Book reviews are subjective. I tend to rate books not according to how “perfect” they are, seem to be, or are said to be in general but rather to how perfect they are to me. I received a free copy of this book on Story Cartel in exchange for an honest review.
My rating: 5 of 5 stars
(Click the title to find the book description/blurb.)
A brilliant work. Moving, relatable, entertaining, thought-provoking. Beautiful. Charity Tahmaseb: I wish your book had existed when I was fifteen.
With that said, I think The Fine Art of Keeping Quiet can (and should) appeal to a wide audience, even to people like this particular reader who, for the most part, stopped being a young adult fiction reader after her young adult years ended, if not before. Granted, I do still write about young people, and there are plenty of high schooler moments in Keeping Quiet to remind me that Jolia and her peers are indeed high schoolers, but the essential question raised in the novel is so universal: what happened to your voice, dear human, and how are you going to bring it back?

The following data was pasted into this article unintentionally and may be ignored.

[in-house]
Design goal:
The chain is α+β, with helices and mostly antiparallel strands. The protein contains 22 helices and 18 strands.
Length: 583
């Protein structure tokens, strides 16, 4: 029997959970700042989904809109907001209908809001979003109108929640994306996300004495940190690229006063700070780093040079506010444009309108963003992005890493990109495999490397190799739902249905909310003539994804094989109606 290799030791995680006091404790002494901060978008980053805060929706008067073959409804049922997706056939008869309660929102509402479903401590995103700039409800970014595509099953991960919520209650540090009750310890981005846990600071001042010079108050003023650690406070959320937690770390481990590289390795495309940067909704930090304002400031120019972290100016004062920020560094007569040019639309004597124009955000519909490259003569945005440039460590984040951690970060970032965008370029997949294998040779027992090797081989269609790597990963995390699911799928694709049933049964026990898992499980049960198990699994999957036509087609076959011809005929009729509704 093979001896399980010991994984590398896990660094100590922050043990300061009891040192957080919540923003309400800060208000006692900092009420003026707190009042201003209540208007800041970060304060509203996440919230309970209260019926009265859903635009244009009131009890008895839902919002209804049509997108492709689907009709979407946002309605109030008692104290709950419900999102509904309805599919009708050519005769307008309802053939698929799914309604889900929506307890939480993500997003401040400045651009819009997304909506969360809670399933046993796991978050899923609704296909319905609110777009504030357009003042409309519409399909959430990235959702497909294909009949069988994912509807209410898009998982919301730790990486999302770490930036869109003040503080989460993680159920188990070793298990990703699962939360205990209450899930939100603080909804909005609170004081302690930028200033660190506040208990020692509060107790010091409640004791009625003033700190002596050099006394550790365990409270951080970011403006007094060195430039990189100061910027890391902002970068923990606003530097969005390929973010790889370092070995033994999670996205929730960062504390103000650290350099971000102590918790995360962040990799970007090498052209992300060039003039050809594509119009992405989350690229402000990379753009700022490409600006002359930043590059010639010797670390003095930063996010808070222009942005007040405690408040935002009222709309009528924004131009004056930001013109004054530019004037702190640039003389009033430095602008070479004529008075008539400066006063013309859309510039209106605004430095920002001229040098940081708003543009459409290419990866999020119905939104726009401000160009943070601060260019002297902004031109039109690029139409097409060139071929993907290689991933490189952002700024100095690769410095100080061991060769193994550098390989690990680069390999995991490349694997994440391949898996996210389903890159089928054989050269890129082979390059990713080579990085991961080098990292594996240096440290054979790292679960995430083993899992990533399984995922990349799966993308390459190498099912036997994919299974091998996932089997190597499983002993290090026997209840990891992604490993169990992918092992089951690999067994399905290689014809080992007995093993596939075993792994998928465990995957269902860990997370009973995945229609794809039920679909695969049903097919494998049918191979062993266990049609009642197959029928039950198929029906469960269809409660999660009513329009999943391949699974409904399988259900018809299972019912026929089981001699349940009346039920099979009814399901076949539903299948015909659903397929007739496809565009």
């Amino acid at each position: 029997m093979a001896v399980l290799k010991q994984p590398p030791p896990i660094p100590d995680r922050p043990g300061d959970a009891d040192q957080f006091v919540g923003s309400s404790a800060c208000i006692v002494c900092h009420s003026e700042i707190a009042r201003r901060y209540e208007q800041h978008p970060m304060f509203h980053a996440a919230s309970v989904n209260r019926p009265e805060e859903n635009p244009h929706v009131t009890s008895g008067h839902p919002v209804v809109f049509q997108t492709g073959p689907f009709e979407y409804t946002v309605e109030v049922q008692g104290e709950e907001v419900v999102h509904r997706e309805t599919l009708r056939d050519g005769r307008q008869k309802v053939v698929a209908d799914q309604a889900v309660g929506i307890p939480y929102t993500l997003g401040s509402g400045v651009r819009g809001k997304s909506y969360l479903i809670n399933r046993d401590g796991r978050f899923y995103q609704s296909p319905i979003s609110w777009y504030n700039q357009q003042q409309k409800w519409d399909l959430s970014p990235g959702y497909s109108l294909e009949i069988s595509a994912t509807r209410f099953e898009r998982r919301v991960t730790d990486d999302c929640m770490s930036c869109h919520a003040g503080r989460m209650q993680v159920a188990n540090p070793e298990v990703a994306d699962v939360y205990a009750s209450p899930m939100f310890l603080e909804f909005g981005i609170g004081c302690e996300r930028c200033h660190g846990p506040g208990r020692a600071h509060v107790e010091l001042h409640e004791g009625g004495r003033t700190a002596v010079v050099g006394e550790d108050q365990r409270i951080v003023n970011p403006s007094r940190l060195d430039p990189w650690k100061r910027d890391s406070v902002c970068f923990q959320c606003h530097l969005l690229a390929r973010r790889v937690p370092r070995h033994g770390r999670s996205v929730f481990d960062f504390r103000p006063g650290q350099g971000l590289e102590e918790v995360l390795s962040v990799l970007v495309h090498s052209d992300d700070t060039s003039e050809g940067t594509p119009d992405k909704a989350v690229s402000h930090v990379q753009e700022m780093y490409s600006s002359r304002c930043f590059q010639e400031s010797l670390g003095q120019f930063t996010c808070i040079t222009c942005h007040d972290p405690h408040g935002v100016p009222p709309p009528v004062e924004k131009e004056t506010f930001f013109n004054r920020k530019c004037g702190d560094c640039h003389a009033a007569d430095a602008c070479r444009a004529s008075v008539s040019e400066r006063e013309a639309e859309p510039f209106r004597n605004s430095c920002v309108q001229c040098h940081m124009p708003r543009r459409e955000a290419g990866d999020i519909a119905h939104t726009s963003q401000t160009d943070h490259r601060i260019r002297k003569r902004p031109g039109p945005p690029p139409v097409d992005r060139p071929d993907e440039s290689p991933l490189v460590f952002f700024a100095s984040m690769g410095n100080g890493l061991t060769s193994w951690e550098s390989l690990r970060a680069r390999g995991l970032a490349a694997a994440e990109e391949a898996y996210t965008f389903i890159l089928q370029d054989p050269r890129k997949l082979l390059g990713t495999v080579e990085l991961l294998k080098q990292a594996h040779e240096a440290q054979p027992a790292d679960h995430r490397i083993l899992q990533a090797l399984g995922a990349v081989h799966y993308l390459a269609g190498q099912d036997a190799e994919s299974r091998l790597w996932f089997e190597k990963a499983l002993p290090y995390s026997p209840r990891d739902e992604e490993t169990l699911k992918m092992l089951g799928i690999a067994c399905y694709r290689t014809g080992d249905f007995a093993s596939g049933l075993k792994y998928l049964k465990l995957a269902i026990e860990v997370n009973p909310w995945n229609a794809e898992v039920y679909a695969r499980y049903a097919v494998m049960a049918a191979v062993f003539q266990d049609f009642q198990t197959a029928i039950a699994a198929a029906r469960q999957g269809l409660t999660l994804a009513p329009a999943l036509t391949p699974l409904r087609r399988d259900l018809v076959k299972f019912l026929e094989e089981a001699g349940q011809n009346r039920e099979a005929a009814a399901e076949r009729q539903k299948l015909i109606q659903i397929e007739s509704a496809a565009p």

I appreciated the dry humor in much of Jolia’s narration, which is also full of many other nuggets that gave me pause. Honestly, what does humiliation sound like? Jolia shows us how we focus so much on our defects, real or imagined, past or present, until we’ve turned them into something they’re not. I also found the progression of the friendship and romance dynamics in the story engaging, and Tahmaseb unfolds the storyline with a deft hand.
In the face of failure, embarrassment, insecurity, or what have you, there’s hope. This novel, for its brilliance, has earned a spot on my list of all-time favorites.
Note to my blog readers: this book contains a minimal amount of language I wouldn’t condone for use by my children–if, of course, I had children. 🙂